Google has announced that they are developing software for a phone which can translate speech into a different language almost instantly. It's tempting to assume that the first phrase they'll need is, 'I have an app for that'. Speech-to-speech translation should, according to Franz Och, Google's head of translation services, be possible and work reasonably well in a few years time.
Seasoned future-watchers may think they have been here before. On January 7th, 1954, IBM issued a press release announcing that they had managed to translate Russian into English using an electronic brain. Although Professor Leon Dostert, the Georgetown language scholar involved in the project, conceded it wasn't yet possible 'to insert a Russian book at one end and come out with an English book at the other', he predicted that within three to five years 'interlingual meaning conversion by electronic process ... may well be an accomplished fact.'
Twenty-four years later, the fact was still far from accomplished, and Douglas Adams invented the Babel Fish, a small yellow creature which one placed in an ear, and which translated everything instantly. An organic solution to the translation problem, the fish was mind-bogglingly useful, even if it did help Arthur Dent understand Vogon poetry.
Google's translator phone will require two things to work, translation software and voice recognition. With regards to the latter, those of us who have watched a technologically-minded friend hurl a phone across a room because it can't understand the word 'Home', and dial a corresponding number, contrary to the promises made in the manual, may be understandably cautious.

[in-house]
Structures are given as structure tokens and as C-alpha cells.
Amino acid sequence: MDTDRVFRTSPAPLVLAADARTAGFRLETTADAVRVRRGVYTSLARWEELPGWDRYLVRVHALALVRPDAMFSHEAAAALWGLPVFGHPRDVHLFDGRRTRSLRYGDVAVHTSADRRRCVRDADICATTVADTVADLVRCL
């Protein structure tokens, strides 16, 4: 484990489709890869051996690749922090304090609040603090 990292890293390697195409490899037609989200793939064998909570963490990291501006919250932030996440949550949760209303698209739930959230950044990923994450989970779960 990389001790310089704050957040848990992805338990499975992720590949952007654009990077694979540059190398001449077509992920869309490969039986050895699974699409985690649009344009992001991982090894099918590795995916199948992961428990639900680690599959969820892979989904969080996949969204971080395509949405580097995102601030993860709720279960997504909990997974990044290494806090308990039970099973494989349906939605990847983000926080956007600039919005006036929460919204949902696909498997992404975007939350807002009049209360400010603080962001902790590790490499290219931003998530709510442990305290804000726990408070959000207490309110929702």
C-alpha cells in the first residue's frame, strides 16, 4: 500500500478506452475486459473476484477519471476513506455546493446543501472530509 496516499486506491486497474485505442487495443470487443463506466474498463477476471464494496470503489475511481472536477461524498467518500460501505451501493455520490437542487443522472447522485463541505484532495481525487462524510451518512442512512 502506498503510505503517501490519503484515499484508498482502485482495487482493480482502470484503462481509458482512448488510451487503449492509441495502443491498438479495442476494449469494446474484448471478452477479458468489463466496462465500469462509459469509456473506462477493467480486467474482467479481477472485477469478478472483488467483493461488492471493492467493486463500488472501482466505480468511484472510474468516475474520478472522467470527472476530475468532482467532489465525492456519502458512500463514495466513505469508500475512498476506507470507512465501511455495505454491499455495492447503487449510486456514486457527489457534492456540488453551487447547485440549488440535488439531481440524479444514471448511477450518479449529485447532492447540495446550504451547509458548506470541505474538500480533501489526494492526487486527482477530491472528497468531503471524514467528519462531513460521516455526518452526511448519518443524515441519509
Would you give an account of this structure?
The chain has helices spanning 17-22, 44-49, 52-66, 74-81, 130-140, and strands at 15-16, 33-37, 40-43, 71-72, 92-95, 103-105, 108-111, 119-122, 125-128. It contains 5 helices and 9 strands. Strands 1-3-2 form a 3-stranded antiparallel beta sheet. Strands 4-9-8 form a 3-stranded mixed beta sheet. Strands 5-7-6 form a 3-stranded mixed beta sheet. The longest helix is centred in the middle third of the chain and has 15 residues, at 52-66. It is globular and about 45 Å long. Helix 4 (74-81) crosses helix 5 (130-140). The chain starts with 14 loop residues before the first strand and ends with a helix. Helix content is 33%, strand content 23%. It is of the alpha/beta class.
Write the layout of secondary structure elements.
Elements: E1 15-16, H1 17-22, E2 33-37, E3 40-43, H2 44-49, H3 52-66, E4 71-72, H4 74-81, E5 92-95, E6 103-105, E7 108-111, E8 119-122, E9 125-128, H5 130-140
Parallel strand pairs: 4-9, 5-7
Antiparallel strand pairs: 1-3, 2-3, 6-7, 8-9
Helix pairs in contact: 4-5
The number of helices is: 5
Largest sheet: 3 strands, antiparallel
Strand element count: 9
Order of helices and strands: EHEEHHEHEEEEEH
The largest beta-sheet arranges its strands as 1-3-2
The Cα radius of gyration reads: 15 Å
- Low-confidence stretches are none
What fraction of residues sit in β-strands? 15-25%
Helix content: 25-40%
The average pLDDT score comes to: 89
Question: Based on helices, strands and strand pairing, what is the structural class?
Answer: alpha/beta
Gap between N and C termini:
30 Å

And as for Google's translation software, I once did an episode of The Book Quiz, on BBC4, which had a round where we had to guess the poem which had been Googlemangled into another language and back again. Only the superhuman detective powers of the multilingual George Szirtes got us any points at all. Even then, the poetry side of things was rather lost: 'To survive or not,' Hamlet might say, 'this is a problem'.
Of course, Google Translate isn't designed to do poetry. It's honed on documents which have been translated by human beings into a second language: Russian, Chinese, or Arabic, for example. It picks up patterns in the language and uses them next time. But take the opening line of 1984, 'It was a cold, bright day in April and the clocks were striking thirteen.' Google it into Chinese and back, and you get, 'This is a cold day in the bright April, the clock is striking 13'. The gist is there, but the tense has changed, one of the adjectives has leapt to a different noun.
And perhaps perfect translation would be a problem too. After all, the Babel Fish started a bloody war, as people could now finally understand what everyone else was saying. Maybe saying what you mean in your native tongue, slower and louder while gesticulating, is still the best bet. Is there an app for that?